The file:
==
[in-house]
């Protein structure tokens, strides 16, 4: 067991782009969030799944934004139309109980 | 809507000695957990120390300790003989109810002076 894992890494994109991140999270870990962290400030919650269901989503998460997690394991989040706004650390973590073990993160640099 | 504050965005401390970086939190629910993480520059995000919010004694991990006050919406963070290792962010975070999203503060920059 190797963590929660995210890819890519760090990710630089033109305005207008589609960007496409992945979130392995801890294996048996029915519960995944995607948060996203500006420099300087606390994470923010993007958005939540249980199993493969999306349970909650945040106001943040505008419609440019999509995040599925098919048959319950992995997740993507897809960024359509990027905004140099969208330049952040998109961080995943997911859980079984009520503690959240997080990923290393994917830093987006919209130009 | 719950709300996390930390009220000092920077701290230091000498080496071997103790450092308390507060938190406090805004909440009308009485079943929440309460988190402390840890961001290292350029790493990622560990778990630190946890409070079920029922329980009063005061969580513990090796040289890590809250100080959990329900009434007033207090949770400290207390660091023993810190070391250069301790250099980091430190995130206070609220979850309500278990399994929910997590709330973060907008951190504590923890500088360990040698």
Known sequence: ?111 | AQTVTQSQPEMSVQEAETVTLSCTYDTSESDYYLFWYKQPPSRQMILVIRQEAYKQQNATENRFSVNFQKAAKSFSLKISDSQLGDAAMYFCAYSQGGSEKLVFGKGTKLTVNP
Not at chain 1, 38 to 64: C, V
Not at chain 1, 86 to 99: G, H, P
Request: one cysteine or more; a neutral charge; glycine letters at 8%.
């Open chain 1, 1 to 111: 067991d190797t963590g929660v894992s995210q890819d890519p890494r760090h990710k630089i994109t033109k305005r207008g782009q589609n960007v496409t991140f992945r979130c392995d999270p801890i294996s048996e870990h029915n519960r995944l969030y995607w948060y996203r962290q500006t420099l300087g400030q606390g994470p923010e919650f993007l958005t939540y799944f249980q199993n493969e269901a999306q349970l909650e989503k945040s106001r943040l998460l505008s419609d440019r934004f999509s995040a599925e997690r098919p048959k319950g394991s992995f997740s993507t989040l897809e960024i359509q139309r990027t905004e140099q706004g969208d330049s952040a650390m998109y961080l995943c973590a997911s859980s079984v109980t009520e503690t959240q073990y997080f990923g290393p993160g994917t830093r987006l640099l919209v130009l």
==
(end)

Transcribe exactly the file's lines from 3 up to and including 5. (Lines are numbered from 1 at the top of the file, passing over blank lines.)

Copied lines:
Known sequence: ?111 | AQTVTQSQPEMSVQEAETVTLSCTYDTSESDYYLFWYKQPPSRQMILVIRQEAYKQQNATENRFSVNFQKAAKSFSLKISDSQLGDAAMYFCAYSQGGSEKLVFGKGTKLTVNP
Not at chain 1, 38 to 64: C, V
Not at chain 1, 86 to 99: G, H, P